Savings accounts are safe and secure
Savings accounts are a type of deposit account, which means you get the benefit of FDIC insurance. (All the financial institutions on the SaveBetter platform are FDIC insured.) So, you can rest assured that no matter what’s going on in the world, you’ll have government-backed protection on your money, up to $250,000 per depositor, per insured bank.
Why are interest rates low in the first place?
The interest rates on deposits offered by banks and financial institutions aren’t arbitrary numbers assigned to various types of accounts. They are actually influenced by actions taken by the Federal Reserve.
When Fed officials think the economy needs a boost, the Fed typically decreases what’s known as the Federal Funds Rate; this is the benchmark rate at which banks lend money to each other short-term. Why does the Fed do this? Because when interest rates decrease, this encourages people and businesses to borrow money and spend more, which, in turn, stimulates the economy. On the other hand, when the economy is viewed as strong, the Fed often increases borrowing rates to keep inflation in check.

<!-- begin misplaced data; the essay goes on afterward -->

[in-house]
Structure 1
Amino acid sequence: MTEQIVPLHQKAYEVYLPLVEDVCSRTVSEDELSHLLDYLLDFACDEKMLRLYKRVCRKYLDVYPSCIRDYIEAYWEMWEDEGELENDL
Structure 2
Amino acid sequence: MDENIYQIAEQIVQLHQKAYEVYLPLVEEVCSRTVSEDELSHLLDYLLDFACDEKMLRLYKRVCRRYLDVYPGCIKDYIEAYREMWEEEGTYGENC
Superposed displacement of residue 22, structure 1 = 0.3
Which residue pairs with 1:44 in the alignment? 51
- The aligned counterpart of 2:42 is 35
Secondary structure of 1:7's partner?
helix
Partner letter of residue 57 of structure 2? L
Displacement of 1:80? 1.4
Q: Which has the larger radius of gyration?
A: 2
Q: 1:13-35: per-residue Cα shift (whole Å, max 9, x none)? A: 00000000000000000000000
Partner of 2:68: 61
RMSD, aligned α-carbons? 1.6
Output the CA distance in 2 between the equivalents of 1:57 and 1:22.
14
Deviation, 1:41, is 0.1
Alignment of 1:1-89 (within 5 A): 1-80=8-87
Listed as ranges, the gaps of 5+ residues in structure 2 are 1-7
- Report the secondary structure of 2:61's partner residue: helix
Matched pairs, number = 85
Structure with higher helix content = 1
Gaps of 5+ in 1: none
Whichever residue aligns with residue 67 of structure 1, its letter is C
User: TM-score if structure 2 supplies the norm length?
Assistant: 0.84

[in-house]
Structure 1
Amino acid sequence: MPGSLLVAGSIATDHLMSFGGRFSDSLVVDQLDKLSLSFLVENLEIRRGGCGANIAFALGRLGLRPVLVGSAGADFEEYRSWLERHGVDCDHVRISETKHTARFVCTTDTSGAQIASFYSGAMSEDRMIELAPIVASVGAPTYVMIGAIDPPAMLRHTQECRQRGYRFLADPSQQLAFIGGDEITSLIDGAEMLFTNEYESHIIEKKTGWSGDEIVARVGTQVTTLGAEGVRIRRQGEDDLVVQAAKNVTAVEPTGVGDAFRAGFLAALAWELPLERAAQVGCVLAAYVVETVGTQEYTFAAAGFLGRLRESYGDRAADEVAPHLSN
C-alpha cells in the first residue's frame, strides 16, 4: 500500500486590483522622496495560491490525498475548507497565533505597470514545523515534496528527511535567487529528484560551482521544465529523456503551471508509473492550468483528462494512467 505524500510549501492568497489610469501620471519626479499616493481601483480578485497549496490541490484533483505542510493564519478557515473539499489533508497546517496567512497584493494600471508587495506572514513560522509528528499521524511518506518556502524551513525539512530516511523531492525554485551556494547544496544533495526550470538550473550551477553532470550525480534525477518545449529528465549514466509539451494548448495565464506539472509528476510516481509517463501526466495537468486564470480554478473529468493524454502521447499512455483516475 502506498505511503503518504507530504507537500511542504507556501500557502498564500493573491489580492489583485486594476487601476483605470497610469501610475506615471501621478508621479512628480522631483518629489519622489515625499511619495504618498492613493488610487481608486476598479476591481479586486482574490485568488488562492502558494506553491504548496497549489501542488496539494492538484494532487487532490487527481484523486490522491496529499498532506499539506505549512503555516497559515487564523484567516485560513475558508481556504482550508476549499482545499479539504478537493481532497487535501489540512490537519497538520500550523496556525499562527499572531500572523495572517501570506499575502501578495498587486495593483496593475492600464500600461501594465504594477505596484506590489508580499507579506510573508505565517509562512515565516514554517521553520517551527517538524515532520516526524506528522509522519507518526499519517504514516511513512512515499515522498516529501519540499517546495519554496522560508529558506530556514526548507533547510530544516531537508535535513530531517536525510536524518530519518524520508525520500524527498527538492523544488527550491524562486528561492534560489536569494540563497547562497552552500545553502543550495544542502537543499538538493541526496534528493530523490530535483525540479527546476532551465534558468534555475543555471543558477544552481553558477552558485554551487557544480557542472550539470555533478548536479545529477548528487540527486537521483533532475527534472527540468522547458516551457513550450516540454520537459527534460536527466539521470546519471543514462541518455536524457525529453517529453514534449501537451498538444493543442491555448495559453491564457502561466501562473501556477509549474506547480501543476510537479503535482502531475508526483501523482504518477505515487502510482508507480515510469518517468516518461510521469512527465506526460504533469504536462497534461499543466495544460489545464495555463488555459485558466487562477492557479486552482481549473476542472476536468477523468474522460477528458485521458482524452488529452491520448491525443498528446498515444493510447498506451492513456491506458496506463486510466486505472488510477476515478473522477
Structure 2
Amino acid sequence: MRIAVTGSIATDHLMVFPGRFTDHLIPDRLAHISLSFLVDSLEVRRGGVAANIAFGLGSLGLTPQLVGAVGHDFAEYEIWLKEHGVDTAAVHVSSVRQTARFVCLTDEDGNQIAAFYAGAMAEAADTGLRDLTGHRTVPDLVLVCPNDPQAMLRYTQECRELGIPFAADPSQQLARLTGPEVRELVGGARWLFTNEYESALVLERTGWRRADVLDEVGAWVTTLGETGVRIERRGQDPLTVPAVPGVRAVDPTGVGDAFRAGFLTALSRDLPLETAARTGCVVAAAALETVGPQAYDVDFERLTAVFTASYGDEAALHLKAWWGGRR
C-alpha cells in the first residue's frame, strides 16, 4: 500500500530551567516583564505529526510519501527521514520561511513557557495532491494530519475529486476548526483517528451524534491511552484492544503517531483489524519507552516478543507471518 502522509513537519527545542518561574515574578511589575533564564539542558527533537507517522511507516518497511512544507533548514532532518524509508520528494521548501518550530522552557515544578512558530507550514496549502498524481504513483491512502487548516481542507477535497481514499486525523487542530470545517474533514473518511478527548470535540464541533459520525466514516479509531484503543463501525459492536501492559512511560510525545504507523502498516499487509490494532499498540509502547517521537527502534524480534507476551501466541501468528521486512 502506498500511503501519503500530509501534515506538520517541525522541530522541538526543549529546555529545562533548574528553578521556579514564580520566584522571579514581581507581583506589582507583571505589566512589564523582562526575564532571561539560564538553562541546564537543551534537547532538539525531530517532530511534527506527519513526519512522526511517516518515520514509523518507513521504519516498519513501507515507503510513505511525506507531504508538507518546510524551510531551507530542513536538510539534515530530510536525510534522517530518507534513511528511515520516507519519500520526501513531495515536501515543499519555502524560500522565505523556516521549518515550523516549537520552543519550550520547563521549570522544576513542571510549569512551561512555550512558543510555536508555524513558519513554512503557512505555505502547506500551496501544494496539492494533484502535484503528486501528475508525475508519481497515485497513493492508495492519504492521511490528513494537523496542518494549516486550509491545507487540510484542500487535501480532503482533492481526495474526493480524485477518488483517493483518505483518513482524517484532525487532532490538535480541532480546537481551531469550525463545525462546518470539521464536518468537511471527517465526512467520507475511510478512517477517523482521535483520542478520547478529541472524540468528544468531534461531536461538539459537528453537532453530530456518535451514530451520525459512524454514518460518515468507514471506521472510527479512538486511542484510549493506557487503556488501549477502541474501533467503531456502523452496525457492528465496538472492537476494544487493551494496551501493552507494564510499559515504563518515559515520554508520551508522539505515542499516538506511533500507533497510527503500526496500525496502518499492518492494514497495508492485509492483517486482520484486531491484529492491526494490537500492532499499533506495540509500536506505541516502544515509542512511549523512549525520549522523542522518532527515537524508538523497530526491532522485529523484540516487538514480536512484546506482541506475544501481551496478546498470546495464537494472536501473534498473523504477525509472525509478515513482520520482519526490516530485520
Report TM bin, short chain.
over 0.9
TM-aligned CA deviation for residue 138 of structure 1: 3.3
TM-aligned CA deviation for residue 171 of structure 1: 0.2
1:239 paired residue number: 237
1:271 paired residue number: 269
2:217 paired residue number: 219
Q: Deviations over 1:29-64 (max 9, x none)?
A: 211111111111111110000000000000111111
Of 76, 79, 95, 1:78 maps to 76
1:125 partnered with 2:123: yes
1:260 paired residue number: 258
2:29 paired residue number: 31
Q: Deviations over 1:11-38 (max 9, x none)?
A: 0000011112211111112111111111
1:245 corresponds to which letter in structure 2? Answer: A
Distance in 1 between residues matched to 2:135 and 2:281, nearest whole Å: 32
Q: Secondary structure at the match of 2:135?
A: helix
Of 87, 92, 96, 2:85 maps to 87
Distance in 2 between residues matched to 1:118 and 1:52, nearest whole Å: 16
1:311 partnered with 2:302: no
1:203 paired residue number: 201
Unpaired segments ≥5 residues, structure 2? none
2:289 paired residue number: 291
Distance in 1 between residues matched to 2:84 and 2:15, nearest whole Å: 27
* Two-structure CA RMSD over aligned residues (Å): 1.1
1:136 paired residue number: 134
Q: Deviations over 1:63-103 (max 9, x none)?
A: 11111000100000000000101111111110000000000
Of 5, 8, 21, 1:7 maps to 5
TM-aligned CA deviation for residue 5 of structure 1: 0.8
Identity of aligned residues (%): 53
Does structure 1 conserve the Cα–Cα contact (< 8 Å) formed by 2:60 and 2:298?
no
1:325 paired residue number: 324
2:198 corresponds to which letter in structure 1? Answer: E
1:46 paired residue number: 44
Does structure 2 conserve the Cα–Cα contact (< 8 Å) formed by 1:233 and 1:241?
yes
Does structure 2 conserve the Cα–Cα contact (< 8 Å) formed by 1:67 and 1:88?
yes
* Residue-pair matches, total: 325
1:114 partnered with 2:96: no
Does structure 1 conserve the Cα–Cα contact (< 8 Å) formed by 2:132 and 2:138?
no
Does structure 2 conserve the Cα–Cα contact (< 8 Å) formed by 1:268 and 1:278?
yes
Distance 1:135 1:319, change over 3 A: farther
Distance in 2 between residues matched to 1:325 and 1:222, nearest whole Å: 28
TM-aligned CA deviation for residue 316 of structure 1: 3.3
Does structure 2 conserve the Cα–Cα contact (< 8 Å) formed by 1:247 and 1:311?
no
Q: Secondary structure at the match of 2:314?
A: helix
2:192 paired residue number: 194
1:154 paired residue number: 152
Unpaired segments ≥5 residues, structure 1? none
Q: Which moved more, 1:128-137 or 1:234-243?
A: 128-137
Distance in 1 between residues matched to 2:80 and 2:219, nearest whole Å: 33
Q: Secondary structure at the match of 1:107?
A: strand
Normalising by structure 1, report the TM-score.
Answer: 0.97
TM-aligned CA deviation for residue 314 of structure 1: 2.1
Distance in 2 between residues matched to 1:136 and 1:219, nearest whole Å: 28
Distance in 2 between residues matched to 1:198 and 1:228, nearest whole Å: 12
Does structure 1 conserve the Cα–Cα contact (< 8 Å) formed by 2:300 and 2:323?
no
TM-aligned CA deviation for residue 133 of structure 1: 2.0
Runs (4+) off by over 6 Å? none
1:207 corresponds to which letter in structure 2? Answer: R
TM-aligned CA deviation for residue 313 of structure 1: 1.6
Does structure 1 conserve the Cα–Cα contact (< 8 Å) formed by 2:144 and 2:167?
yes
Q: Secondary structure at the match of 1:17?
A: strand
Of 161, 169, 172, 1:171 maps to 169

Shortly after the Covid-19 pandemic struck the U.S., the Fed lowered its benchmark rate to near zero to help stimulate the economy — and the rates on savings products followed suit.
When will rates go up?
Of course, no one has a crystal ball that says exactly when rates will rise.
Interest rates have remained relatively low since early 2020. But Fed policymakers expect the Fed to begin raising the rates they set to help manage rising inflation in early 2022 and anticipate that rates may rise from below 1% and possibly reach 1% by late 2023. We may not see interest rates on deposits rise immediately when this happens, but historically one has followed close behind the other.
So, while relatively low interest rates may be with us for a little longer, there is reason to believe they may tick upward eventually. In the meantime, savings accounts are still well worth it, and part of a sound saving strategy. Here’s how to get the most out of your savings in a low (or even high) rate environment.